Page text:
Looking back on my childhood memories, a lot of them involve my grandma's garden. When I think about how much time we spent together in that yard, dirt under our nails and all, I can’t help but smile. And while the result of the garden is a factor, the most important thing is that they were happy and involved in the project with us. So when you let your kids join in on this task, let them get their hands dirty! Allow for a little chaos and fun. It’s okay if they don’t pull out all the weeds or miss planting some seeds; they will still learn something valuable from this experience as long as they have fun. Just make sure to emphasize that there are rules to follow in regards to gardening (harming living things or pulling up healthy plants), and remind them when it is time to stop working and clean up (to avoid ants and bugs). Lastly, always stay close by so you can pay attention to what they are doing—don’t let them eat anything from the garden without your supervision!
Making a family garden will get kids excited about eating fruits and veggies and spending time outside.
Gardening is a great way to spend quality time with your family, and it teaches kids about science and nature. It's a good way to get kids interested in eating more fruits and vegetables, which are important for their growing bodies. Seeing how fruits and veggies grow will help them develop an appreciation for where food comes from, too. Whether you're starting a garden for the first time or are experienced with gardening, there are fun ways to get your kids involved in taking care of plants. These activities can help you create a successful family garden that gets kids excited about spending time outside, eating fruits and veggies, connecting with nature, and strengthening family bonds along the way.
Gardening is a fun way to spend time outdoors, and it can also be an educational experience for the whole family. By teaching children about how plants grow, you are simultaneously helping your child learn about nature, science, nutrition, and how to care for something other than themselves. Teaching your children how to garden will help them develop healthy habits of eating vegetables and getting outside. Whether your children are toddlers or teenagers, gardening is a great way to bond with them. Here's why:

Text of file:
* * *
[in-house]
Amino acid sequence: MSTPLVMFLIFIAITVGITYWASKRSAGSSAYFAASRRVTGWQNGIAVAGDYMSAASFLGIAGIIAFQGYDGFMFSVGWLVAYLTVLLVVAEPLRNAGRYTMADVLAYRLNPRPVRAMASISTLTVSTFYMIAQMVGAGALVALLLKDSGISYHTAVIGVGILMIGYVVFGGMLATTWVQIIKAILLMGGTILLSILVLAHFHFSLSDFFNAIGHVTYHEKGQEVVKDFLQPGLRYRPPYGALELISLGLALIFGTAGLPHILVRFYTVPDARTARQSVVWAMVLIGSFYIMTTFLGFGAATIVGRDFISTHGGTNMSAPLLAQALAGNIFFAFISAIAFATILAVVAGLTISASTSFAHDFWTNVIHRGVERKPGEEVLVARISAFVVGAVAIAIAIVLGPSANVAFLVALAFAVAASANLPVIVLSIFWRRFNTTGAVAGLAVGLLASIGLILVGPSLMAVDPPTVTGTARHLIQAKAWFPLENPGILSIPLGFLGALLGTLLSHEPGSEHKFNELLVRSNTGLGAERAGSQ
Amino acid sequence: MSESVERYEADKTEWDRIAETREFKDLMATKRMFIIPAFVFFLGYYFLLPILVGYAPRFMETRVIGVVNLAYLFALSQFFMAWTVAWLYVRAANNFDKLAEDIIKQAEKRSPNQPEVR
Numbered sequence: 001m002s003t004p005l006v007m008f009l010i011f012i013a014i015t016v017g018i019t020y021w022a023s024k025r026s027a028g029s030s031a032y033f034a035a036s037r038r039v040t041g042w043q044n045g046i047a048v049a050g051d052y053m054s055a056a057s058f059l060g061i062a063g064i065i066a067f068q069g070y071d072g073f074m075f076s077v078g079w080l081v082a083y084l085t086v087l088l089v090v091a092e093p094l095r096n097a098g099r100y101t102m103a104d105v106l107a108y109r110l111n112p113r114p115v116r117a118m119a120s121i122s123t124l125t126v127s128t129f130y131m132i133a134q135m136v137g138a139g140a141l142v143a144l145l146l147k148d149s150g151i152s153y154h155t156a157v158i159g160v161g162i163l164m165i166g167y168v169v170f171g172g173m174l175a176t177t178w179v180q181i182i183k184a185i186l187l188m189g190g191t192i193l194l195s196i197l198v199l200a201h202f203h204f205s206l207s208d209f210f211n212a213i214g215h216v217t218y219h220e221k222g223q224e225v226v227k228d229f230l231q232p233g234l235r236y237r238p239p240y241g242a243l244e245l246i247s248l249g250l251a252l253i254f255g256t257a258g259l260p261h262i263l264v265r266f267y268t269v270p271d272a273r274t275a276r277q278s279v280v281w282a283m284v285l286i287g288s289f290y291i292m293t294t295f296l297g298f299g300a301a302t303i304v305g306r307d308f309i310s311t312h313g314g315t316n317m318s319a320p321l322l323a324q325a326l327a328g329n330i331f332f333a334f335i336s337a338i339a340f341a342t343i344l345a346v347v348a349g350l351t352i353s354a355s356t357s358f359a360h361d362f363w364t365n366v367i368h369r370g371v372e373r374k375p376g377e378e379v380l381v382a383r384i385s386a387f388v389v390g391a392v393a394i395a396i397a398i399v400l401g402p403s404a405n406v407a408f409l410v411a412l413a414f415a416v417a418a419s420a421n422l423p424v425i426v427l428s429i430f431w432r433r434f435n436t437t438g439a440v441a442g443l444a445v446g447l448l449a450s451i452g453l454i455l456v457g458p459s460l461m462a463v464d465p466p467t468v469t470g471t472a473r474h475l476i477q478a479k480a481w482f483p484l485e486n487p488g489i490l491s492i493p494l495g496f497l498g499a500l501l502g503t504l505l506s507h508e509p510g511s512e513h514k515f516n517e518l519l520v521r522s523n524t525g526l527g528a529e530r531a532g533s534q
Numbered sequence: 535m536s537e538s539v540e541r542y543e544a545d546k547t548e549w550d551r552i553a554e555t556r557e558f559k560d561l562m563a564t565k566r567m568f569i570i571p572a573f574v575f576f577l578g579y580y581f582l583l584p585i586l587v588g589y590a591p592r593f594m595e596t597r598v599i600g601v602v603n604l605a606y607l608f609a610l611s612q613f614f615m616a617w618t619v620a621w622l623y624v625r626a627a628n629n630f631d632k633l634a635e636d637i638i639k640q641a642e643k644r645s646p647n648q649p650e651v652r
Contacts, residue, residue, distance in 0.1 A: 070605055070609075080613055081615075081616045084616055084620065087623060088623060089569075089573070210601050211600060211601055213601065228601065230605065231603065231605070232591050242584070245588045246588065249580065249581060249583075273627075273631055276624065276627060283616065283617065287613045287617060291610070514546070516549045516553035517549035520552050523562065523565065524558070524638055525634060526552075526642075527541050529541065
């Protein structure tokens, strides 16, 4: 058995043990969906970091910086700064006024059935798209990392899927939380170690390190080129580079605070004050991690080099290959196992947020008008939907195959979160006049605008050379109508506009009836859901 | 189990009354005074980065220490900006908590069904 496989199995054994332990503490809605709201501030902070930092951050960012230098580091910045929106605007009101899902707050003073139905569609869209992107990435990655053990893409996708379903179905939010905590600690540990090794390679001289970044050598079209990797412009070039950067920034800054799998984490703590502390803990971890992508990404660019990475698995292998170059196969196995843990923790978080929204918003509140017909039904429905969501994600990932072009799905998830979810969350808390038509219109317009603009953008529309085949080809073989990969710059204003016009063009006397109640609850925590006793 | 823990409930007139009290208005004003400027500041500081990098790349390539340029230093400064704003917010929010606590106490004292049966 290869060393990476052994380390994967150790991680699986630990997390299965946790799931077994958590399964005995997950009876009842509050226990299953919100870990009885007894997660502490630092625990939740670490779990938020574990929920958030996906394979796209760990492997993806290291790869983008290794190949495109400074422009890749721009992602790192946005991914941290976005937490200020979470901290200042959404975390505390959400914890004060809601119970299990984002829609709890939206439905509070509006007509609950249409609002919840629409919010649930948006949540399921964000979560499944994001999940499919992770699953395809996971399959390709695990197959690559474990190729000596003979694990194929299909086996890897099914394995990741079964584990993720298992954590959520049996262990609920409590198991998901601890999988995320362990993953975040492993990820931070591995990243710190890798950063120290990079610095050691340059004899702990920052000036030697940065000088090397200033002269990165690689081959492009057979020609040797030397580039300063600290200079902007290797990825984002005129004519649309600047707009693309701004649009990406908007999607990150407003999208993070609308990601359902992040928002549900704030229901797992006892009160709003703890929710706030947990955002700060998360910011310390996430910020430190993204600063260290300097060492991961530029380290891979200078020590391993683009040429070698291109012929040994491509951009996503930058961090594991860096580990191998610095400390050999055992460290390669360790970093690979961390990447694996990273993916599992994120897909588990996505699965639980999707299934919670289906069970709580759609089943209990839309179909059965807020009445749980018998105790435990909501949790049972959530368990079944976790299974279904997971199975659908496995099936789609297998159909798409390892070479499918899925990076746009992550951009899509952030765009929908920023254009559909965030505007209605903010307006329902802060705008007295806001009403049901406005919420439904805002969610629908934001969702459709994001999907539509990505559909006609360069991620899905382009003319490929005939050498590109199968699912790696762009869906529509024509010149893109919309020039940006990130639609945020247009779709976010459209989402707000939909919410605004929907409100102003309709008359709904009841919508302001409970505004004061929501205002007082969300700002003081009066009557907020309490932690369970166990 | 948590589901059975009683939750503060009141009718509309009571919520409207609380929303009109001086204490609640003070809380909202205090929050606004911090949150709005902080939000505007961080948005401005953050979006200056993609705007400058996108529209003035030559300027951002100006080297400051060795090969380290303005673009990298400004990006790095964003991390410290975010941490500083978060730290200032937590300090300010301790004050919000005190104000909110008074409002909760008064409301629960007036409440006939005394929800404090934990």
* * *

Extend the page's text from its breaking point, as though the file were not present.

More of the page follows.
It's fun. Not only does gardening involve playing in the dirt, but it also teaches kids about science and nature as they observe how their seeds sprout and grow into plants.
It gets them outside. Gardening is a perfect activity for getting kids away from their screens and out into the fresh air.
They'll eat more veggies (and want to help prepare them). Kids are more likely to try fruits and vegetables that they've grown themselves. Before you know it, you'll have a budding chef on your hands!
They'll learn where food comes from. Even if you don't get all of your food from your garden, it's important for kids to understand how food is grown—especially as we're increasingly removed from our agricultural heritage as time goes by.
Your family will become closer than ever before. Kids love spending time with their parents and siblings in the garden; plus, it offers many opportunities for learning together!
Getting kids outside and connecting with the natural world around them is a great investment in their future. Whether it’s planting seeds, watering, weeding, or harvesting what they’ve planted, there are endless benefits to gardening with your kids.
By giving your child responsibility in the garden you're teaching them that they have an impact on the world around them. It's a powerful lesson of caring for something and watching it thrive as well as taking ownership over its environment. In turn, this helps children develop patience and pride when things go right. If your child is experiencing failure in their garden (because plants get sick or die), they are learning to deal with disappointment in healthy ways instead of retreating into video games or television shows where there is no risk or possibility for failure.
Get your kids excited about gardening with this handy journal. Our journal helps you plan your garden, and it also gives you prompts to get your kids thinking about how gardening will help them learn and grow.